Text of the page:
This week’s reviews: The Amazing Spider Man, Ice Age 4, Batman: The Dark Knight Rises
THE AMAZING SPIDER MAN
As things change in time – I assume Spiderman will – also, always – change with current trends in technology. Even though I missed the previous Peter Parker (Tobey Maguire) and Mary Jane (Kirsten Dunst) I can’t deny that Andrew Garfield and Emma Stone where worthy replacements.
In this 3D film Peter Parker goes a bit behind the scenes of what we have gotten to know to date. The movie starts off showing us the background to what we know of Peter Parker. We get the opportunity to meet his parents and understand how he landed being raised by his aunt. The rest of the story is still pretty much the same with a different enemy coming to the forefront. As usual Peter Parker needs to set his hopes and dreams aside in the likes of Gwen Stacy.
The plot of his past is intriguingly combined with the present as movie lovers will understand how his past (and that of his parents) is connected with his future. In an effort to understand what his parents had sacrificed he meets up with Dr. Curt Connors – his dad’s former partner.
Connor is only interested in finding a cure that could benefit him ultimately. His self-indulgent alter ego puts Peter in a situation where he needs to make life-altering choices that ultimately help in shaping his destiny.
As usual the film was super adventurous. It was layered with action, animation, fast flitting humor and drama. Together it made up two hours and seventeen minutes of family fun. (If you are interested in stuff like that.)
ICE AGE 4
I’ve never gotten how grown up reviewers could ever write that “this is a movie kids would love.” I mean, how can someone in their mid-30’s or 40’s actually say that? Surely the best way to get a proper review would be to get someone from that age to write one? So, here goes the review of a so-called kid’s movie from an older person’s perception.
While I admittedly love Scrat myself, as he and his cursed acorn have continuously been the bearer of world-changing consequences I didn’t really feel the story in this one. It wasn’t as if the animation, storyline, characters where poor, I just felt as if I had seen them all before.
Don’t get me wrong, I love all of them with their quirky sense of humours and sense of adventure (my favourite being Diego), but this time around I just felt like I could boldly state something dorky like “been there, done that – worn the T-shirt.”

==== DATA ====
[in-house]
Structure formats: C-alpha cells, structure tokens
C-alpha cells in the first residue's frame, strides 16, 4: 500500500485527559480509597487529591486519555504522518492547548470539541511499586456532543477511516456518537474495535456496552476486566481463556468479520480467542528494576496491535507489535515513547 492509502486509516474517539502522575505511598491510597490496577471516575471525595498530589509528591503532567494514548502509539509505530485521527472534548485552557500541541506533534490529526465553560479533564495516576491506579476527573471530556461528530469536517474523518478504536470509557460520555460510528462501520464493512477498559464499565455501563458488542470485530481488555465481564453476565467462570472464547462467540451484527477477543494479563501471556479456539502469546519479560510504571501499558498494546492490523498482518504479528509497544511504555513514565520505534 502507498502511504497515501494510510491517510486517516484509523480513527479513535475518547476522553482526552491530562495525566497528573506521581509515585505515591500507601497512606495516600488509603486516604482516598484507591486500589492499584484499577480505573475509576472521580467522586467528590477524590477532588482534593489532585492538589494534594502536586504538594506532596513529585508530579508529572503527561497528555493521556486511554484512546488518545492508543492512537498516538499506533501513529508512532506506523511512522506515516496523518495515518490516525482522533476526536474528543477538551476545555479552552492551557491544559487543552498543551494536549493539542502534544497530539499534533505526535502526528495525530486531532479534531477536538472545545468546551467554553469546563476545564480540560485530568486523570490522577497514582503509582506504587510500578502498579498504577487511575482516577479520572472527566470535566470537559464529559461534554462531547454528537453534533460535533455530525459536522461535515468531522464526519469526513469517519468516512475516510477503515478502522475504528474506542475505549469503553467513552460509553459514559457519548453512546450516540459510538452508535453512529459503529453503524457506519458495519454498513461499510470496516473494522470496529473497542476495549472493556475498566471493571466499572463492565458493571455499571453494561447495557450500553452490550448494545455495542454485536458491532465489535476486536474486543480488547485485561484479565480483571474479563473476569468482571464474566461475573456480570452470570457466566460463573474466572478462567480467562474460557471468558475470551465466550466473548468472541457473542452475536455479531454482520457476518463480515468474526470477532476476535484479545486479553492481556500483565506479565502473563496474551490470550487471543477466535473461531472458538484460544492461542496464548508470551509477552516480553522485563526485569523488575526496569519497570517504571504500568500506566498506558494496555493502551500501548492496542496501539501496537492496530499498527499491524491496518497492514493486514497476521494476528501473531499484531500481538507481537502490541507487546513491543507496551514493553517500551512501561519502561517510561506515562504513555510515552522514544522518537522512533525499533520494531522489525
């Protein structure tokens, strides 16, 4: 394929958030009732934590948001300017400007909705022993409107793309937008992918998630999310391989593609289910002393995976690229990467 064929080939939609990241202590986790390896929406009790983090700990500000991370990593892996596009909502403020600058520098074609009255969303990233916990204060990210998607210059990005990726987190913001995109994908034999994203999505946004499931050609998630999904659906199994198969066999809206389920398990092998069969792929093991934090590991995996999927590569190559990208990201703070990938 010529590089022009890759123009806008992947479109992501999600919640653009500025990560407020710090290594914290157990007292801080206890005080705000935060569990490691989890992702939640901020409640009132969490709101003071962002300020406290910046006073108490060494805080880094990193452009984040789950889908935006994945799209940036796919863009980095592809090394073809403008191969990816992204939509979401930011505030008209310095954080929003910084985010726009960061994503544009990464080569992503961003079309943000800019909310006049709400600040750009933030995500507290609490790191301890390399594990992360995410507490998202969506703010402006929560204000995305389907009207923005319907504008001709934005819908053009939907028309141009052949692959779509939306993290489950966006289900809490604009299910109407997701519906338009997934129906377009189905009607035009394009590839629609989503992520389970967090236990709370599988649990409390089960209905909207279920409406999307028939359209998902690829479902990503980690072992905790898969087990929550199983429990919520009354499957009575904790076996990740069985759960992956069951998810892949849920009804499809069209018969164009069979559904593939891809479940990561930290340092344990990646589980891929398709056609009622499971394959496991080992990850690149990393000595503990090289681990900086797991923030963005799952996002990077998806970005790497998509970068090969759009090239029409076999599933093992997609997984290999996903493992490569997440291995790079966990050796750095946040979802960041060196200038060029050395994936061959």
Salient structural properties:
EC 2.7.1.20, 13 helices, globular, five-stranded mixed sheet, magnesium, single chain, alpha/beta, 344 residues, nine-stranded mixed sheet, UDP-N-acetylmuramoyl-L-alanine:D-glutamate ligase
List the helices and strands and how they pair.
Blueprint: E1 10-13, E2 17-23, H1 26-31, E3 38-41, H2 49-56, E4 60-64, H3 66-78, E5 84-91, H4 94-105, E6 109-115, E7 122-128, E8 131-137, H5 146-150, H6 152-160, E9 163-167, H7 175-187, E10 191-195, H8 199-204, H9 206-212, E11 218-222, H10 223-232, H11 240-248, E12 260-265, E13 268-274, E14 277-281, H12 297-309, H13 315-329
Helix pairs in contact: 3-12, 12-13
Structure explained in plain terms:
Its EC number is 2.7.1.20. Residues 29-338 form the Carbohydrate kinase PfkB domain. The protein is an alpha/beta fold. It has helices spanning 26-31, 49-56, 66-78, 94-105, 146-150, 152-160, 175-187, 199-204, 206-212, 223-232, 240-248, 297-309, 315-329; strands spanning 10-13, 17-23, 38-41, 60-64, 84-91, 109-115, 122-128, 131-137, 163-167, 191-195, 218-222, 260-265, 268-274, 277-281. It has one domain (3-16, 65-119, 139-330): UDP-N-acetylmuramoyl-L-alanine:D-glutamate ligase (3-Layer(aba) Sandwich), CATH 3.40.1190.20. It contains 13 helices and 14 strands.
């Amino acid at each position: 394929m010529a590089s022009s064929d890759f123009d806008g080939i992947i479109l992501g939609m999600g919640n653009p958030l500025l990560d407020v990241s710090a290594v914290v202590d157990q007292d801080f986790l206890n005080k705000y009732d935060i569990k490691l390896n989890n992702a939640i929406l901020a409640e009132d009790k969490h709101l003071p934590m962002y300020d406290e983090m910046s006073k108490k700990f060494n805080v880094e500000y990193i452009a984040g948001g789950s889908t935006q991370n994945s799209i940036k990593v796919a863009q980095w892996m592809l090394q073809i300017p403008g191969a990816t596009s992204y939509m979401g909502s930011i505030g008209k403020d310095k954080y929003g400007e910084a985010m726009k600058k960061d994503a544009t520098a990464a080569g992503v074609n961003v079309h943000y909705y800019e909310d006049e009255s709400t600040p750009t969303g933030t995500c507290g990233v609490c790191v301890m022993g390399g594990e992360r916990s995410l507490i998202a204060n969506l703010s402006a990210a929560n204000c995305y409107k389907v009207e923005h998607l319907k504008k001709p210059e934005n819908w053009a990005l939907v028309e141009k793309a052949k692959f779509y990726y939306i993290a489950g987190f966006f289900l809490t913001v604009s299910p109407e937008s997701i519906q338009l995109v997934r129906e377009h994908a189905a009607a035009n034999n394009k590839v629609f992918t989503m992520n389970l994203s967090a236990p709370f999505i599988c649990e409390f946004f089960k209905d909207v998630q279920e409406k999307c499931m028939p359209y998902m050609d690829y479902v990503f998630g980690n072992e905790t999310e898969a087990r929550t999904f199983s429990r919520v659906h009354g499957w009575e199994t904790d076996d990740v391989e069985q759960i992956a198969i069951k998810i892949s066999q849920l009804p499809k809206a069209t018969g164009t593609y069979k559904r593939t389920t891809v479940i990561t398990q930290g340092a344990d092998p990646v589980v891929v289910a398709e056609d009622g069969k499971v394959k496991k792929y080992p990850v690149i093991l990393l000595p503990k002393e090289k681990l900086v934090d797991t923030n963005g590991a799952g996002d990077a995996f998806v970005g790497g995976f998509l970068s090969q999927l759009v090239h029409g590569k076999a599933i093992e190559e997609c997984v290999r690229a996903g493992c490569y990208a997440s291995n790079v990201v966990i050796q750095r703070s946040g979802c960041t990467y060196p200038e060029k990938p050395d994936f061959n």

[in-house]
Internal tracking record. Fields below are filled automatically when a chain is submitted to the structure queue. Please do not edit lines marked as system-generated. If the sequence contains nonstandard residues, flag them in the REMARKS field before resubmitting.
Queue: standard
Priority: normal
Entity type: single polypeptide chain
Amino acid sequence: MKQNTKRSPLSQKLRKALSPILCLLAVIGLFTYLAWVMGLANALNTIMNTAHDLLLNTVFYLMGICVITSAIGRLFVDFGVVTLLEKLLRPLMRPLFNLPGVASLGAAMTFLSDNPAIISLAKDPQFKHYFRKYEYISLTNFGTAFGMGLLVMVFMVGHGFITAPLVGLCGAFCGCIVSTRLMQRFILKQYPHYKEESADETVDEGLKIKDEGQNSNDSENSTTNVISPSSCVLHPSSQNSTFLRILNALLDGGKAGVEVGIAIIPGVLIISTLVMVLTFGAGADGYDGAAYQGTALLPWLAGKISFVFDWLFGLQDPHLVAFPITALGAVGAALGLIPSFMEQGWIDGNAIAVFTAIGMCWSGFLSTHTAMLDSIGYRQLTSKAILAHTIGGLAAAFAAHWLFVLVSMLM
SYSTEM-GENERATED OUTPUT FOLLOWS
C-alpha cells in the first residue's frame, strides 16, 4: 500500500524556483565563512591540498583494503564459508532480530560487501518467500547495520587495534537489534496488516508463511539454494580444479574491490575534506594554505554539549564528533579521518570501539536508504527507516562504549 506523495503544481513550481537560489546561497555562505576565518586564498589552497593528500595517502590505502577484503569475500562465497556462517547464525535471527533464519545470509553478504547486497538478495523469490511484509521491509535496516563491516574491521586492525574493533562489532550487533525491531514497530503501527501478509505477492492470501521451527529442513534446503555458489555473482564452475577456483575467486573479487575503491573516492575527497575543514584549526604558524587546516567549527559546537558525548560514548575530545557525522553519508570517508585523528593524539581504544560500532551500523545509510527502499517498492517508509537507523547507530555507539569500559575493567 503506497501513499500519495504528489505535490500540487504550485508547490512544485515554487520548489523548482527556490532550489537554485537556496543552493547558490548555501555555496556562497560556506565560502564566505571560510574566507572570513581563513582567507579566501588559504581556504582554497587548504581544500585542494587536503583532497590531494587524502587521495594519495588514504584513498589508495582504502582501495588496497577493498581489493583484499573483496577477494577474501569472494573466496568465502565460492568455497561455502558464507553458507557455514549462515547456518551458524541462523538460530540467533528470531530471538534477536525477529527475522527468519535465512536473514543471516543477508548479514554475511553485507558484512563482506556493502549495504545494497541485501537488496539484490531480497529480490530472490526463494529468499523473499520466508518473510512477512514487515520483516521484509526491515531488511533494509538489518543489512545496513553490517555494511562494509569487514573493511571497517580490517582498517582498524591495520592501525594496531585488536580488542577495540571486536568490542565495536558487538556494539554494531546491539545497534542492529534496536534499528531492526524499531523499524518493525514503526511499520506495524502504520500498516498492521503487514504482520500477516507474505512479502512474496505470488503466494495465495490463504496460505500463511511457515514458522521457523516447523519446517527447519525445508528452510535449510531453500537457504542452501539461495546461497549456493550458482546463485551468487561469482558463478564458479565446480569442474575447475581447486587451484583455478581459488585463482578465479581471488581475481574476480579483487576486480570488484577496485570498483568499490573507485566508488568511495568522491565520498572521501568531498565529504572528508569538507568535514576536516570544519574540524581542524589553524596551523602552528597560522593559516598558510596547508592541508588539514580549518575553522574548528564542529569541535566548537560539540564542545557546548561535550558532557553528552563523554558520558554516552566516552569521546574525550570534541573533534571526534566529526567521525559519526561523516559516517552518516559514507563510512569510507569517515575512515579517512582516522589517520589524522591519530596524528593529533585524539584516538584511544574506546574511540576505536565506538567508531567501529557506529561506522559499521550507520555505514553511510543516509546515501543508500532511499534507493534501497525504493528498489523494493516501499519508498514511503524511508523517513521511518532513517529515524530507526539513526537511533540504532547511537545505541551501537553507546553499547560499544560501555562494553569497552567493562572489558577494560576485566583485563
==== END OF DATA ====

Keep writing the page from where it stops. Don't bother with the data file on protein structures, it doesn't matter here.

In this instalment of the animated series we are re-introduced to our mammoth Manny who is growing into more of an over protective dad. The plot is pretty much explained in the sense that it holds a parental lesson when it comes to kid’s coming-of-age.
The film starts off with Scrat continuing his nutty pursuit of the cursed acorn. As usual the acorn lands in un-trotted territory, he tries to retrieve it an ends of changing the world. This change just so happens to occur at the same time as Manny and his family are having a deliberation about his daughters’ whereabouts. The separation insures that Manny, Diego and Sid embark on another adventure with an iceberg as a ship.
The whole ship – pirate scene actually reminded me a lot of Jack Sparrow in a way – and it might ultimately have been my personal – psychological deal breaker. I kept on wandering where to from here?
Having said that my 4-year old daughter loved it and my son of 11 managed an “okay” which is great since you don’t get a lot of reaction from them at that age. So I guess the bold statement spoken by many reviewers might be sufficient … provided they are referring to the ages of 3 to 10.
BATMAN: THE DARK KNIGHT RISES
High-minded and crowd pleasing is an epic, let down only in attempting to explain the efforts that I think have gone into this film, which has not only equaled the 2008 release of The Dark Knight but – for me, in many ways – reached its much anticipated grand finale.
The end of this revolutionised masterfully crafted plot was met with great applause in theaters around the globe and even people like me (who’s not really into Batman) was won over. If I had to choose between the 2012 release of Spiderman and Batman – the latter would have walked away with many a prize. The only thing I could find critique on (Spoiler Alert) was the fact that I really missed Katy. Having said that, Anne Hathaway cast as Selina did well in her role and in the end I think the plot had definitely run full circle.
In this story Christopher Nolan dotted all the i’s and crossed all the t’s. There were flashbacks to the past that marvellously joined the past with the present. New characters filled their shoes with splendour and off course the High Tech made me want to invest in something sporty. Nolan dug deep in portraying his characters complicated and conflicting motivations. He succeeded in showing the eagerness to achieve greatness and redemption in society and craftily combined the sorrow, sense of detachment and futility of Gotham which remained on the brink of collapse without a saviour.
The Plot: 8 years have passed since Batman vanished and became a fugitive instead of a hero. Accepting the blame for the death of DA Harvey Dent, Bruce Wayne sacrificed everything he and the commissioner thought would be for the greater good. Their hopes were met for a period as the criminal community was crushed under the weight of the anti-crime Dent Act.
Things change when Bane, a masked terrorist enters the streets of Gotham and forces Wayne from exile. Bruce’s decision to rise up creates various conflicts within the already troubled character’s life. He is however met, and supported by various new characters. Throughout the plot, one can’t help but to constantly wonder whether The Batman is actually a match for Bane or whether fate will run its course.
My final verdict: Marvellously written, splendidly crafted – I hope to see more (because there can definitely be more) in the years to come.